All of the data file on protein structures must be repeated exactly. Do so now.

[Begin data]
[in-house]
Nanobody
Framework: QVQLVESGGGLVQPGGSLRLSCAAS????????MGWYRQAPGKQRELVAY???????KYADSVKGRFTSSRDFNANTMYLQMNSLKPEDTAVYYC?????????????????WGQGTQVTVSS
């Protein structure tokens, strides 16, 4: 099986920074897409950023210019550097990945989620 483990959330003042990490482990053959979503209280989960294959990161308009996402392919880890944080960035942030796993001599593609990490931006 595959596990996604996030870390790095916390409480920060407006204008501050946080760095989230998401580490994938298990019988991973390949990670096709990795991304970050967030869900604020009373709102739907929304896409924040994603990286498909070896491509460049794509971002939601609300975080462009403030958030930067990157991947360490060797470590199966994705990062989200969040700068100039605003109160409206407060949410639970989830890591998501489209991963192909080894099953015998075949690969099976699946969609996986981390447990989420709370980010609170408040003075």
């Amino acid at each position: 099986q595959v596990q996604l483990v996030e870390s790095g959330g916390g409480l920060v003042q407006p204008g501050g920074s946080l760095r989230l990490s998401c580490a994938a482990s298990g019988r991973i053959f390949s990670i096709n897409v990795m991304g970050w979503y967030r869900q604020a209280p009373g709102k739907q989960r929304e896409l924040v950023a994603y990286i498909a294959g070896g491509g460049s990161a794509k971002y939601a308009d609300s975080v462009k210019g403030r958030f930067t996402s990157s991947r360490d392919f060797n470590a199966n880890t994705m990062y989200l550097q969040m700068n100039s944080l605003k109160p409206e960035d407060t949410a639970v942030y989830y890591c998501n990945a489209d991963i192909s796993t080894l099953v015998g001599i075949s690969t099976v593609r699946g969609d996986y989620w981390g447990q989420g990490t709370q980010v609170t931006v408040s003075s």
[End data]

[in-house]
Nanobody
Framework: QVQLVESGGGLVQPGGSLRLSCAAS????????MGWYRQAPGKQRELVAY???????KYADSVKGRFTSSRDFNANTMYLQMNSLKPEDTAVYYC?????????????????WGQGTQVTVSS
């Protein structure tokens, strides 16, 4: 099986920074897409950023210019550097990945989620 483990959330003042990490482990053959979503209280989960294959990161308009996402392919880890944080960035942030796993001599593609990490931006 595959596990996604996030870390790095916390409480920060407006204008501050946080760095989230998401580490994938298990019988991973390949990670096709990795991304970050967030869900604020009373709102739907929304896409924040994603990286498909070896491509460049794509971002939601609300975080462009403030958030930067990157991947360490060797470590199966994705990062989200969040700068100039605003109160409206407060949410639970989830890591998501489209991963192909080894099953015998075949690969099976699946969609996986981390447990989420709370980010609170408040003075």
């Amino acid at each position: 099986q595959v596990q996604l483990v996030e870390s790095g959330g916390g409480l920060v003042q407006p204008g501050g920074s946080l760095r989230l990490s998401c580490a994938a482990s298990g019988r991973i053959f390949s990670i096709n897409v990795m991304g970050w979503y967030r869900q604020a209280p009373g709102k739907q989960r929304e896409l924040v950023a994603y990286i498909a294959g070896g491509g460049s990161a794509k971002y939601a308009d609300s975080v462009k210019g403030r958030f930067t996402s990157s991947r360490d392919f060797n470590a199966n880890t994705m990062y989200l550097q969040m700068n100039s944080l605003k109160p409206e960035d407060t949410a639970v942030y989830y890591c998501n990945a489209d991963i192909s796993t080894l099953v015998g001599i075949s690969t099976v593609r699946g969609d996986y989620w981390g447990q989420g990490t709370q980010v609170t931006v408040s003075s």